Cultivators should be careful not to doubt.

Once they doubt, they will be lost.

When listening to a Good and Wise Advisor, we should not harbor doubts. When the Good and Wise Advisor says that cultivation requires arduous effort, you should truly believe it. By believing it completely, you will be able to understand the mind, see the nature, and return to the source. So, we should always listen to the instructions of a Good and Wise Advisor. If he tells you to recite the Buddha's name, you should follow the instruction and recite. If he tells you not to be stubborn, then don't be stubborn. This is essential to cultivation.

Earlier we said, "Only after being sick do you realize the body is suffering." When people do not experience pain and suffering, they will not want to cultivate. They wouldnˇ¦t know about pain if they have never been sick.

It's also said, "It's hard for the rich and the honorable to cultivate." A wealthy person can have everything he wants, so why would he bother to cultivate? But poverty and illnesses are conditions beneficial to our cultivation. So when our poor health comes, we will not be depressed. When our hardship comes, we will not be worried. There's a verse which goes,

When I see someone die,

My heart burns like fire.

It's not burning because of him,

But because I know it will soon be my turn.

Succumbing to our destitution or ailment, we should quickly resolve to cultivate. Seeing others who are poor, sick, aging and dying should serve as a warning for us. Life is like an undulating waves. If we make a vow to be reborn, then we will be prepared. We won't be frantic when our time arrives, unlike people, for example, indulging in pleasures when they should instead be defending their country during a time of peace. That's the current situation in Buddhism since no one is working hard to make Buddhism prosper, thereby weakening the spirit of Buddhism even further.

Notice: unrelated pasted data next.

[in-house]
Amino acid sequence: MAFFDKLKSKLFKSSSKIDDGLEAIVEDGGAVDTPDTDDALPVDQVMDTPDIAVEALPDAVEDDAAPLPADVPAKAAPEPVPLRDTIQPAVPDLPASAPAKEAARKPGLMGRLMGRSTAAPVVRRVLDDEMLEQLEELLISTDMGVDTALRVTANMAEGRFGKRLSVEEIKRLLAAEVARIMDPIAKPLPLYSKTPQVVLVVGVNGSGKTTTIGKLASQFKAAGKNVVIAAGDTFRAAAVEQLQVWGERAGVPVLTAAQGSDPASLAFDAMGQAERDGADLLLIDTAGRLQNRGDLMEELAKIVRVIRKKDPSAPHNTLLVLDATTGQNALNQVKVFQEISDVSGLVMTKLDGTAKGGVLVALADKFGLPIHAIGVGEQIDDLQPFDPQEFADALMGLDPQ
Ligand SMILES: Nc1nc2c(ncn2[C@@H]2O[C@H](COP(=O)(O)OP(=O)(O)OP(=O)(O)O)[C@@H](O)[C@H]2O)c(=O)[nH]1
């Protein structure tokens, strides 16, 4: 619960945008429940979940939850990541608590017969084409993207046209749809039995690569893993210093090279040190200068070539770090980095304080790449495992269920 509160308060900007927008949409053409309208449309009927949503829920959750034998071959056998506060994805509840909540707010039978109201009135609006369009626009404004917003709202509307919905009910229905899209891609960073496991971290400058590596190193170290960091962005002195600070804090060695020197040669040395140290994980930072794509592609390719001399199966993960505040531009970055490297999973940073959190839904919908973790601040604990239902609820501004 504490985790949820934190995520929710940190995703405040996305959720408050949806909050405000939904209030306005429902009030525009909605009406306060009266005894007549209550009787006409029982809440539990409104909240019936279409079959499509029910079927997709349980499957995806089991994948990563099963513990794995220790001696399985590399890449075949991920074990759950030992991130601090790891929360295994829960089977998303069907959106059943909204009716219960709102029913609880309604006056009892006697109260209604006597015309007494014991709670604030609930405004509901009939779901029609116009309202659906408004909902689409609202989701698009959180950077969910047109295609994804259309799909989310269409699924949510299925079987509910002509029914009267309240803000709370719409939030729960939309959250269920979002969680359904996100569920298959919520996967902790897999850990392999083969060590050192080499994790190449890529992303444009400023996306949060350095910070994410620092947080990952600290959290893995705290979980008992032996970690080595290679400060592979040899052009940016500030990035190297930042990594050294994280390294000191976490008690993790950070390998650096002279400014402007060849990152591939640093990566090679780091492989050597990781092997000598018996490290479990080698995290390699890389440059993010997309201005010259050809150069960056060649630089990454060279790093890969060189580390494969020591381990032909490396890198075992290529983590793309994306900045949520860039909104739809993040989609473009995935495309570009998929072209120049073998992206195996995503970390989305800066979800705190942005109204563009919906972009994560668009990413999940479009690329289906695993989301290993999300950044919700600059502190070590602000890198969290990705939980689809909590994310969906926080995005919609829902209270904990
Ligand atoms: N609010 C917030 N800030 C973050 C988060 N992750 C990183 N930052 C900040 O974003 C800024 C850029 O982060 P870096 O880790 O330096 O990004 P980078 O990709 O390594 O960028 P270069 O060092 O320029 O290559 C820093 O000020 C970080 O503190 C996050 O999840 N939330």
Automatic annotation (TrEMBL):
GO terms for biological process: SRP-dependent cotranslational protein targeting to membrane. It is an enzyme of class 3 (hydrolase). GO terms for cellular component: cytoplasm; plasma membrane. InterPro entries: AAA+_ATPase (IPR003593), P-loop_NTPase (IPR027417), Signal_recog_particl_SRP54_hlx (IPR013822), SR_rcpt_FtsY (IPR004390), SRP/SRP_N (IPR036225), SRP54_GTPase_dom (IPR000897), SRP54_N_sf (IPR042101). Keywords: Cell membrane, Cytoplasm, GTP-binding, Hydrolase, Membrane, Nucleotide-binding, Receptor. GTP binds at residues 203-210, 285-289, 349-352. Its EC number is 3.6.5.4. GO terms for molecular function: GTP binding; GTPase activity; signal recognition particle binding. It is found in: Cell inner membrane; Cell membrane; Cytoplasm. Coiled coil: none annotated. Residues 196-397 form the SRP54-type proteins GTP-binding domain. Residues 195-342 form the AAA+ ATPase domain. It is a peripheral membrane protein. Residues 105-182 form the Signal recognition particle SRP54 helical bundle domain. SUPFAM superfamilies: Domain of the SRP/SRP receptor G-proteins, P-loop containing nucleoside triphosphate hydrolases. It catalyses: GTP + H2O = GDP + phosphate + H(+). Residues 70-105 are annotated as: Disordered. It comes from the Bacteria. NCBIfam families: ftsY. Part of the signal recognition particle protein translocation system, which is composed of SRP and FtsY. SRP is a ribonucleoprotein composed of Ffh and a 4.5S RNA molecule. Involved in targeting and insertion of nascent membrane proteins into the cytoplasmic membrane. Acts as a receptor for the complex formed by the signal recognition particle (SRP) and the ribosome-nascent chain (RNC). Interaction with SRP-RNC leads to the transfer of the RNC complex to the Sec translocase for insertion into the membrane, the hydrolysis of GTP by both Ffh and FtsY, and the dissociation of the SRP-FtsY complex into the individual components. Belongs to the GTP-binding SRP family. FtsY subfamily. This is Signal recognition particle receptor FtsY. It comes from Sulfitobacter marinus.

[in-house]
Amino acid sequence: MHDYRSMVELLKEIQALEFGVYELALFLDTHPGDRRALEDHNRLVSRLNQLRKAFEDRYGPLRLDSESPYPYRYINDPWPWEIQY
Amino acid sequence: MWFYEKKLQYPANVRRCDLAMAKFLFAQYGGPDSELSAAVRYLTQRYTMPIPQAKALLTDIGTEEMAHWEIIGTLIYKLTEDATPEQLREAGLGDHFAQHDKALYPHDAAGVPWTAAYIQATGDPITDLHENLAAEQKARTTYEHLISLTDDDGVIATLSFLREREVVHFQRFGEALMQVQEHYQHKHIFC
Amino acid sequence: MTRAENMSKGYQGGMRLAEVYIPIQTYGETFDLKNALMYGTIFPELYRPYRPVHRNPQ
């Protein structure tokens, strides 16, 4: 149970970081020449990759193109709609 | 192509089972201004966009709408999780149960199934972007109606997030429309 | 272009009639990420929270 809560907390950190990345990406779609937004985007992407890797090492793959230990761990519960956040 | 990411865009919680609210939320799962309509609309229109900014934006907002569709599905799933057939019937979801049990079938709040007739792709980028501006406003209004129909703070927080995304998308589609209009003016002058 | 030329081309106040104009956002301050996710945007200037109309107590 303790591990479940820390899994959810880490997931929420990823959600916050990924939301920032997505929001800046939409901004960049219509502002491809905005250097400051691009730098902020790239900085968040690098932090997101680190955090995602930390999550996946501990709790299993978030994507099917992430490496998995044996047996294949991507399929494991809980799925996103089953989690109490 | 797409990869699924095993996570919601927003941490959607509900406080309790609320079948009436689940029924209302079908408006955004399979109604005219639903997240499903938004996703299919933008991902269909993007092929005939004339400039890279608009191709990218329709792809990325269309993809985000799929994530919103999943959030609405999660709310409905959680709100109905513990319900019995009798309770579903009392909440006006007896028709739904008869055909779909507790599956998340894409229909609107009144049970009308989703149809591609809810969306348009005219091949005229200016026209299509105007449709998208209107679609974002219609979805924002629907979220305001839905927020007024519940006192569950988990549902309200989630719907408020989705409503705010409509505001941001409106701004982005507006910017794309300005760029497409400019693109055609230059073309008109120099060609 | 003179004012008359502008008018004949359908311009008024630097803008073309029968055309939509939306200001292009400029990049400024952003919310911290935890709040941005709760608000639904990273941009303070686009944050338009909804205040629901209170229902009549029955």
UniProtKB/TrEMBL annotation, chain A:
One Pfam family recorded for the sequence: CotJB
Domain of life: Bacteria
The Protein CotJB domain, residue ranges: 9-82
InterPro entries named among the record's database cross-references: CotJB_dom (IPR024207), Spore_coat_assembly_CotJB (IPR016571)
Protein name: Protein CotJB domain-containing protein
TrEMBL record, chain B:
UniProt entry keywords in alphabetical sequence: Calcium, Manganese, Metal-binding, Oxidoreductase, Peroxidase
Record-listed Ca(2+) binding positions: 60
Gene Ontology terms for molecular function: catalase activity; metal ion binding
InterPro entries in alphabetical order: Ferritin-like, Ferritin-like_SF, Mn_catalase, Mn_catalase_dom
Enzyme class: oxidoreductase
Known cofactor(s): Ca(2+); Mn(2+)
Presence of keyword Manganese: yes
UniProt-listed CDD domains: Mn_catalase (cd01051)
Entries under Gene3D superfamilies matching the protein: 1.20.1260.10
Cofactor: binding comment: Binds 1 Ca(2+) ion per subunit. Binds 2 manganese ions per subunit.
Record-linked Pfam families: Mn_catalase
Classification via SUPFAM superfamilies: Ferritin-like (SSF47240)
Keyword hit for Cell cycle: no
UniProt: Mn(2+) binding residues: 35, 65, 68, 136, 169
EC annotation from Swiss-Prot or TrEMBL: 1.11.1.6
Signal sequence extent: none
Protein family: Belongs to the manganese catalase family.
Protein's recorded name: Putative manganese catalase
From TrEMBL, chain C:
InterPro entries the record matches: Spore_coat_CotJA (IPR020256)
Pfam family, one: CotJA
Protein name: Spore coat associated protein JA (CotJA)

You should know that not only the Bhikshus and Bhikshunis, but also all Buddhists are responsible for promoting Buddhism. If each and every one of us can assume such a responsibility, would we worry about Buddhism not thriving?

Still, there are some Buddhists who think Buddhism is not as "trendy" as other religions, so theyˇ¦re too embarrassed to admit they are Buddhist. Isn't it pathetic that some of whom would assent to others who see Buddhism as a mere superstition? In one instance, a group of non-Buddhists at Daofeng Shan in Kowloon (Hong Kong) invited and influenced Buddhist monks and nuns into forgetting their roots and eventually slandering Buddhism.

But there are those who truly believe in Buddhism. And they would rather give up their lives than change their faith. We should muster our courage, and remain committed to our resolve even when others deride us or tempt us. If every Buddhist sees himself as a Buddhist, Buddhism will certainly flourish again.

Many denominations prosper, but the way of Heaven moves in cycles. When an apex is reached, things will turn around. No one should let their resolve be affected by temporal signs of prosperity or decline. True principle is never extinguished. The flourishing of Buddhism depends on everyone's hard work!